Record-High Cheese Stocks Weigh on Milk Prices, But Should They?

Record-High Cheese Stocks Weigh on Milk Prices, But Should They?

In the late 1980s, the Agriculture Department effectively cleared the shelves of excess dairy products. Over a five-year period, as part of the now-expired dairy price support program, USDA purchased 1.5 billion pounds of butter, 1.7 billion pounds of cheese and 2.7 billion pounds of non-fat dry milk totaling $6.3 billion. The dairy price support program remained in effect through the 2014 farm bill but saw limited use following 2009 due to milk prices above support levels.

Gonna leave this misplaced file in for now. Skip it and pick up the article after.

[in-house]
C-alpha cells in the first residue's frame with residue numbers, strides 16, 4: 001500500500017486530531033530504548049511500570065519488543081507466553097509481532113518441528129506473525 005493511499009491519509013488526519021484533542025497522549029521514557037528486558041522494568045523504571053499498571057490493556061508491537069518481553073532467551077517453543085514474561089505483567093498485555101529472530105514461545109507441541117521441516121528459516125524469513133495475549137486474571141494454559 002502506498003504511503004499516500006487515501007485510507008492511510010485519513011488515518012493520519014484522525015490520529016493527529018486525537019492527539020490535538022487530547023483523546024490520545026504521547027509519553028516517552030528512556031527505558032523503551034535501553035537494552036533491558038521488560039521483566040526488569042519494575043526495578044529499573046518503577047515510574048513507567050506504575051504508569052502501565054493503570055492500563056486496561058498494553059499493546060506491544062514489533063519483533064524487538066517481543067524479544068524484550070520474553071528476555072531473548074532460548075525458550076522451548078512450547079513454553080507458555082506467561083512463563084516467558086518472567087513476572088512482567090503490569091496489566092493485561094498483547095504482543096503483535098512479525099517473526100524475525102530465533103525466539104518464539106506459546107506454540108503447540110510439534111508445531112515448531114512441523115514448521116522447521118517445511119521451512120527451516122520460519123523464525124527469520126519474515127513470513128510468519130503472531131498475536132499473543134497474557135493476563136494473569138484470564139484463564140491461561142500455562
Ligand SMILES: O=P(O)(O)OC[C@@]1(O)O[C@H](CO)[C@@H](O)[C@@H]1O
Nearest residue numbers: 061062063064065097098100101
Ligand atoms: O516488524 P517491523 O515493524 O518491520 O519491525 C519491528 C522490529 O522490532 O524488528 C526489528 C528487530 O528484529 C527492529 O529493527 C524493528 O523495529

Now in 2017, with U.S. milk production expected to climb to a record 217.3 billion pounds, commercial dairy product inventories have reached highs not seen since the days of the price support program.

USDA’s April 24 Cold Storage report revealed March 2017 inventory levels for total cheese at a record-high of 1.3 billion pounds. American-style cheese in cold storage was 803 million pounds and butter storage was 273 million pounds. For American-style cheese and butter, these March inventory levels are the highest levels since 1984 and 1993, respectively.